Let me just say that “Dream of a Warrior”, a South Korea/Hong Kong film, is as unfathomably bad as they come. If there is one saving grace to the Sci-Fi Romance it’s the presence of Lee Na-Yeong, who unfortunately dies before the film’s Third Act, but even before that is not onscreen nearly enough. Perhaps more of Lee would have saved this film, but that’s a pretty a tall order for a turkey of this caliber.
“Dream of a Warrior” stars Hong Kong pop idol Leon Lai (“Skyline Cruisers”) as a cop in a futuristic city (?) where a scientist name Jang has created what he calls (or at least, what the subtitles call) a time travel machine. Two years earlier, Jang, in his infinite wisdom (tongue firmly in cheek, of course), decided to use his 18-year old daughter Nam-hong (Park Eun-hye) as a guinea pig, and succeeded in sending her “back in time” where she is now, unfortunately, stuck. (Don’t you just hate it when that happens?)
Enter Leon Lai, who is contacted by the good Doctor. Yang informs Lai (and us) that his time travel machine is in fact not really a time travel machine, but a device that allows people to see their “past lives”. Of course, at this point I would assume that “past life” means our lives in the past, but apparently I would be wrong. The truth is, Jang’s device doesn’t send someone into the past, it sends them to an alternate parallel world. (Look, folks, I’m just going by what’s onscreen here. The subtitles are so atrocious that I couldn’t understand half of what’s being said.)
Long story short, Lai “relives” his past life with the help of Jang’s machine, and that whole “reliving” thing makes up the bulk of the movie’s scant 80-minute running time. Once Lai (who goes by Dean in his previous life) has finished reliving his previous life (which takes up 60 minutes of the film’s 80 minutes), he’s sent back to his previous life to save Nam-hong (who is Rose in her previous life) where she is presently trapped. He saves her and they return to their present life and live happily ever after. Or some such nonsense.
There are a number of glaring problems with “Dream of a Warrior,” and digesting them all in this review would take a couple of hundred pages. Needless to say, the film calls itself a Sci-Fi Romance, but it’s really nothing more than your standard B-movie madness. Dean and Rose’s previous life exists is in what the movie calls a “space outside of time and space” (?) and in a city called Dilmoon, which actually looks like a petrochemical plant gone terribly awry — or perhaps just bad set designs. The use of matte painting to give the city’s exterior scenes a sense of “alienness” is perhaps the film’s only successful stab. The rest is pure cheese.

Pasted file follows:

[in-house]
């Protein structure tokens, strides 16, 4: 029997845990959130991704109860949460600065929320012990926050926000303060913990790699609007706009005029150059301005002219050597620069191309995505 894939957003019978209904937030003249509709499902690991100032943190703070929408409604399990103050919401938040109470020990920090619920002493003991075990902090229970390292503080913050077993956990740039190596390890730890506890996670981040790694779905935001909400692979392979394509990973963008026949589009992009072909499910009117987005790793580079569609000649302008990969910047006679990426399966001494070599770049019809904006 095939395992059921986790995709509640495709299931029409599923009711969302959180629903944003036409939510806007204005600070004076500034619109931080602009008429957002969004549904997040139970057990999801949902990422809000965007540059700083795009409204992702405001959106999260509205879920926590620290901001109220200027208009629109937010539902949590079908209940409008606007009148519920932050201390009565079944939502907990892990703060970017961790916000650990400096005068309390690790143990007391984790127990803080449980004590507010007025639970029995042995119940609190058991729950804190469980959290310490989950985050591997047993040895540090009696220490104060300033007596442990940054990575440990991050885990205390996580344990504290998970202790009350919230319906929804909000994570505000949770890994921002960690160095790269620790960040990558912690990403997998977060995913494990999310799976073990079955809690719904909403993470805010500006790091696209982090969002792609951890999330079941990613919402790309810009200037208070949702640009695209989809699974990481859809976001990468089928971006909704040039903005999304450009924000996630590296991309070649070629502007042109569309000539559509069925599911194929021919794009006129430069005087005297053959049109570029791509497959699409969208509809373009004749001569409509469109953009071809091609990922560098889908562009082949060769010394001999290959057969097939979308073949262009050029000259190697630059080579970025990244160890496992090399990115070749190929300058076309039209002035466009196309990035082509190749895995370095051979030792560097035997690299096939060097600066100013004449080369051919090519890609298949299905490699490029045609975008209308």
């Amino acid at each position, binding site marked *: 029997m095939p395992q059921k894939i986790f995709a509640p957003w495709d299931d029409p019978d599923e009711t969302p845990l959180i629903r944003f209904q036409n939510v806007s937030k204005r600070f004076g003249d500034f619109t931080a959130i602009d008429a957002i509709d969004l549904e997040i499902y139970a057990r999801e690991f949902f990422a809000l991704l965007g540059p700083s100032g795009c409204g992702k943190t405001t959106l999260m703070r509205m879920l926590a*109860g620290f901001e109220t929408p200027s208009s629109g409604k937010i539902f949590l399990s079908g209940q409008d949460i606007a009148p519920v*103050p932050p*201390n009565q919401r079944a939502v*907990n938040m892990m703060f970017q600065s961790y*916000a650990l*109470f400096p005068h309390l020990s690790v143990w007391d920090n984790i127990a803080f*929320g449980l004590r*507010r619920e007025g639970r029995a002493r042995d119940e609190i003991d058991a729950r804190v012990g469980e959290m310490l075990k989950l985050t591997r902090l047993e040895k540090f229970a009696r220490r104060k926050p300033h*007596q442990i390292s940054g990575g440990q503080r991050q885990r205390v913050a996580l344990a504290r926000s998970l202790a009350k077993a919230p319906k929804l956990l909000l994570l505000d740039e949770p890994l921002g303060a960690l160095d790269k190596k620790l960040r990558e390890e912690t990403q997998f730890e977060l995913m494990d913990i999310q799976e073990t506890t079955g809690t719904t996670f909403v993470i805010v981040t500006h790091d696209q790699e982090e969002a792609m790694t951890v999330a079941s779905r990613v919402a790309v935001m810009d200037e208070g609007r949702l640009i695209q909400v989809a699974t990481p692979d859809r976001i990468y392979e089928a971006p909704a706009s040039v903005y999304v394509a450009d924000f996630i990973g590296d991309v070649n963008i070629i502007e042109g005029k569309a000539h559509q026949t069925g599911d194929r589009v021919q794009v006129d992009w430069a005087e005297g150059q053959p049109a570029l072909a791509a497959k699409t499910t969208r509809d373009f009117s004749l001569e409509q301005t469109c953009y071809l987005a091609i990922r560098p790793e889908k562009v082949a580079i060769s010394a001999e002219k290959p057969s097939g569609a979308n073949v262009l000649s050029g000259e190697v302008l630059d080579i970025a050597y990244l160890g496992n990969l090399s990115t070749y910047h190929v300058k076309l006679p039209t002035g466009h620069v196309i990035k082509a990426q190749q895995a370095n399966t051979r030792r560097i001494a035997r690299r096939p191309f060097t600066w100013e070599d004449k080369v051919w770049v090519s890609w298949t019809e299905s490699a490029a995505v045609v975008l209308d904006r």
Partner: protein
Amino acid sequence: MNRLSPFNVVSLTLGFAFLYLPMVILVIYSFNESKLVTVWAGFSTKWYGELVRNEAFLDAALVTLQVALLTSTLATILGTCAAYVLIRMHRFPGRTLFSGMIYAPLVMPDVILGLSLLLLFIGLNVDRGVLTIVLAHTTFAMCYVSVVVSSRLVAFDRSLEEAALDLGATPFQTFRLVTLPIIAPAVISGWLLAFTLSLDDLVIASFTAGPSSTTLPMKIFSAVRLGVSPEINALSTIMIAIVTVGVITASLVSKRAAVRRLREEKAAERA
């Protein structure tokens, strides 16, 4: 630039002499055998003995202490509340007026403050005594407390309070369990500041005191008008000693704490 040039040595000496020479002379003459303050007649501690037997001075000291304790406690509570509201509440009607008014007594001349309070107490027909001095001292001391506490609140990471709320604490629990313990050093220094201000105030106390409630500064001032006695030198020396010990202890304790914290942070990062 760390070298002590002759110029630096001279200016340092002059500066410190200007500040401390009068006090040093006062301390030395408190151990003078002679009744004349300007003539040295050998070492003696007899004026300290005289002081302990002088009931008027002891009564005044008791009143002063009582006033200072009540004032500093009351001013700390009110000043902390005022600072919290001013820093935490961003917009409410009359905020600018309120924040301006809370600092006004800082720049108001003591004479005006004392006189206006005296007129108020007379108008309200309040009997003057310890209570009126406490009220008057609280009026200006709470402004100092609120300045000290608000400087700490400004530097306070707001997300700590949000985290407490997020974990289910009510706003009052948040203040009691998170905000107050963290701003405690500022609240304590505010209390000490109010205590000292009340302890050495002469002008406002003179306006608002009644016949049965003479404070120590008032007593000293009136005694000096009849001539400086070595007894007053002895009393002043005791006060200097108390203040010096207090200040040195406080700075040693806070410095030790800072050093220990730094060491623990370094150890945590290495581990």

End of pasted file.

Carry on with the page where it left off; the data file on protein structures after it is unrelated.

Leon Lai has done much, much better work. In “Warrior,” Lai seems to be channeling Ekin Cheng by sporting a permanent deer-in-the-headlights expression and content to let his manga-inspired hair do the acting for him. Park Eun-hye is simply too young and is unable to elicit anything other than a melodramatic look of unresolved love. As previously mentioned, Lee Na-yeong’s Shosho, a black leather clad female warrior, is the film’s only highlight. She appears in the film’s first sequence, a chase along a pier, and then again in the Dilmoon setting. Shosho’s mysterious air (think Trinity from “The Matrix”) serves her well throughout the movie. Her death is laughable, but then again so is much of “Dream of a Warrior.” (Note: That’s Shosho standing next to Lai in the film’s poster.)
While in Lai’s past live we learn that Dilmoon is being attacked by a man name Paxtus and his band of…a dozen men? Apparently the magical city of Dilmoon can only muster 5 — count that, five — soldiers, including the city’s “Great General”, to battle this new menace. As you can already imagine, “Warrior” was DOA at the scripting stage, but unfortunately no one bothered to tell the film’s writer/director. As a result, a lot of money was wasted on not much of anything.
“Dream of a Warrior” wants to be part “Star Wars” and part “Krull”. It attempts to mix medieval sensibilities with a futuristic-inspired setting. The ending sequence, where Lai returns to his previous life to save Rose, goes in a completely different direction. Apparently up to this point Lai had been living in a futuristic setting, because he returns to Dilmoon as a armor-clad warrior, complete with morphing guns and swords! Which leaves me to wonder why Lai’s present, as revealed in the 20 minutes leading up to the film’s Dilmoon segments, looked more like the 1980s than the future?
Hee-joon Park (director) / Hee-joon Park (screenplay)
CAST: Leon Lai …. Dean
Na-yeong Lee …. Nam-Hong
Eun-hye Park …. Rose
Tae-young Yoon …. General Shanril